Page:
“Mail?! Isn’t That Dead?”

“Mail? Isn’t that dead?” That’s the reaction I sometimes get from new friends when I talk about my job (well, part of it): analyzing direct mail. To answer that ‘direct’ question, let’s take a dive into …

“Mail? Isn’t that dead?” That’s the reaction I sometimes get from new friends when I talk about my job (well, part of it): analyzing direct mail.

To answer that “direct” question, let’s take a dive into the retail sector. Yeah, the postal service is in crisis, mail volume is in decline, and digital retail channels are flexing their muscles more than ever. But over the last few months I’ve seen some terrific direct mail demonstrating that some companies still realize and celebrate the unique value of direct mail in positioning their brands.

My first “aha!” moment came in late April, with the new J. Crew catalog. On the cover was a greeting in white text (“NICE TO MEET YOU”) on a red background. But that wasn’t what got my attention. It was a two-page spread inside — the welcome to this “Style Guide” — that made me stop and read closely (see image in the media player).

The letter talks about how the catalog has been used by customers: “You read us on the train and on the beach. You also dog-ear the pages to mark your favorite looks … SO HERE’S YOUR OFFICIAL COLOR BIBLE, YOUR OCCASIONAL TRAVELOGUE, YOUR WHAT-SHOE-GOES-WITH-WHAT-SKIRT AND WHAT-TIE-GOES-WITH-THIS-JACKET SOURCE OF INSPIRATION.” In essence, the catalog is a benefit all by itself.

Lord & Taylor mailed a Style Guide of its own in August. It includes a note from Suzanne Timmins, the company’s Senior VP & Fashion Director, who confidently proclaims, “Our Style Guide is all you will need to build your fall wardrobe. Take it from me, it’s what’s chic right now!” Likewise, Ann Taylor’s head designer, Lisa Axelson, introduced readers to the store’s first edition of “The Workbook.” Actress Kate Hudson, the star of its Fall ads, appeared on the cover, but, Axelson says, the focus of the issue is on “women like you, with 9-5 schedules and a 24/7 life.”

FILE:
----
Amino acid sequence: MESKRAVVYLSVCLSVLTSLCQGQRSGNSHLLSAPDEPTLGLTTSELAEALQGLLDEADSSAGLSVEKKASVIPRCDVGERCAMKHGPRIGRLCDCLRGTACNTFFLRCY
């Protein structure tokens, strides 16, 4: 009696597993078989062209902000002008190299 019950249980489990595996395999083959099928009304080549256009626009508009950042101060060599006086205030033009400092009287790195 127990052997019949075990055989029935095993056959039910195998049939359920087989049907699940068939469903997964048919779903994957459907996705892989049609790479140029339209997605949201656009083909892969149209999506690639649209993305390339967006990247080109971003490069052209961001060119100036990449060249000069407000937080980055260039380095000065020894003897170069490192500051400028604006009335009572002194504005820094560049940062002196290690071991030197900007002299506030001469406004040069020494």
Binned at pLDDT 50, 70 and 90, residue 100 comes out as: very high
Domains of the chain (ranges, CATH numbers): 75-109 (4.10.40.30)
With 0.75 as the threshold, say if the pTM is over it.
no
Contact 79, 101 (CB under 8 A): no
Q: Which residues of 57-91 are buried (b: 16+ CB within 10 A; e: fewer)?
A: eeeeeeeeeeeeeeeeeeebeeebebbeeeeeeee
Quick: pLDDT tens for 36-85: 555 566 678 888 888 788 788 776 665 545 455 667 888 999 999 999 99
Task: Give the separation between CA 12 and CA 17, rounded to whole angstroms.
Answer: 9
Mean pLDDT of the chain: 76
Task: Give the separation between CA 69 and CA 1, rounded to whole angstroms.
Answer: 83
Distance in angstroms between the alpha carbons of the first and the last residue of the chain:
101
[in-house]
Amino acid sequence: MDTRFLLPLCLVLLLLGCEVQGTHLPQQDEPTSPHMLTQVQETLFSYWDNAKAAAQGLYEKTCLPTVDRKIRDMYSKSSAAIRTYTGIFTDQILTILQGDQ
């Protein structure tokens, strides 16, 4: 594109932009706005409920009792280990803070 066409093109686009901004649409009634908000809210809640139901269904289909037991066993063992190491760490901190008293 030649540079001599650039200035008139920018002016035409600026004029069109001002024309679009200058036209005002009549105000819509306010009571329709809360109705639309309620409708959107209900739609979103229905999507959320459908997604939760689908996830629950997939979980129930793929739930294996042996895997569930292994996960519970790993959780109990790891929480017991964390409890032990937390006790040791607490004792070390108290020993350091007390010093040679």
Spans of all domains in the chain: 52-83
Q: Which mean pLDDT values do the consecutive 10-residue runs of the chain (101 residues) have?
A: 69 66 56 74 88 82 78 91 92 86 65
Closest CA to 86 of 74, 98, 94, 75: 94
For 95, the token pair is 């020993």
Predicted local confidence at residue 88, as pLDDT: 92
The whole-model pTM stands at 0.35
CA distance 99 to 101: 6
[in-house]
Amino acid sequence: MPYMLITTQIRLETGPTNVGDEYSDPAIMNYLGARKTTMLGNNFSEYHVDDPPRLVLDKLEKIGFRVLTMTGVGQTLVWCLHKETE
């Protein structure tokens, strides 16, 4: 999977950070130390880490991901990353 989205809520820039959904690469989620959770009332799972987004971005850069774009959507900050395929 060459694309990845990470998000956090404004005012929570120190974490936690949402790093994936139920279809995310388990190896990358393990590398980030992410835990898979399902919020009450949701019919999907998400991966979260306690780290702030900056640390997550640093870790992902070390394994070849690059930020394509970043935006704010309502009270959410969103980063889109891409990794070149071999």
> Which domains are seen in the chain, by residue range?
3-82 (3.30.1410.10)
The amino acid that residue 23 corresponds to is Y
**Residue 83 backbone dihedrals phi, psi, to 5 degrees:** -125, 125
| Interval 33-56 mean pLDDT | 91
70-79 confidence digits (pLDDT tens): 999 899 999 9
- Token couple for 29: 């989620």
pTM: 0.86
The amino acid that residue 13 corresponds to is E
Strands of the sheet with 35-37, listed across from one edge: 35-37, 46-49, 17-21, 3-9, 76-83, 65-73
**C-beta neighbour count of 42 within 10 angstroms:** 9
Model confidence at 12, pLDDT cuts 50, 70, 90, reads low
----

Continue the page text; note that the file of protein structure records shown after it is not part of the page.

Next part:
As with the other catalogs, there are lots of call-outs throughout to combinations of styles both new and old. Both the Ann Taylor and Lord & Taylor efforts include incentives (a gift card and coupons, respectively) that are good only at the brick-and-mortar stores; the J. Crew offer code can be used either at a store or online.

It’s not just apparel retailers who are championing their expertise and exclusivity. On a cover, Design Within Reach recently asked its readers “What is MODERN?” The answers — “the people and places that shaped the modern objects with which we live” — are found on the pages inside, claims company president & CEO John Edelman in the letter inside.

Much of the catalog explains the history of the design movement, and showcases products that exemplify the people, places, forms and materials that influenced decades of home and office design. It’s all about having an ongoing conversation, according to Edelman. “Talk about design, test us on our knowledge, or just listen to our stories.”

Many retailers can sell clothing and furniture like what these cataloguers offer. They can promise lower prices, similar quality, and good customer service. But these companies stand apart because of how they keep direct mail relevant; they use high-quality paper, copy and images to break through the mailbox clutter and build (or reinforce) a unique identity for themselves and, for their customers, a lifestyle.

So, to answer that original question: Dead? Nope.

Paul Bobnak is the director of the Who’s Mailing What! Archive, the most complete library of direct mail in the world. Reach him at pbobnak@napco.com.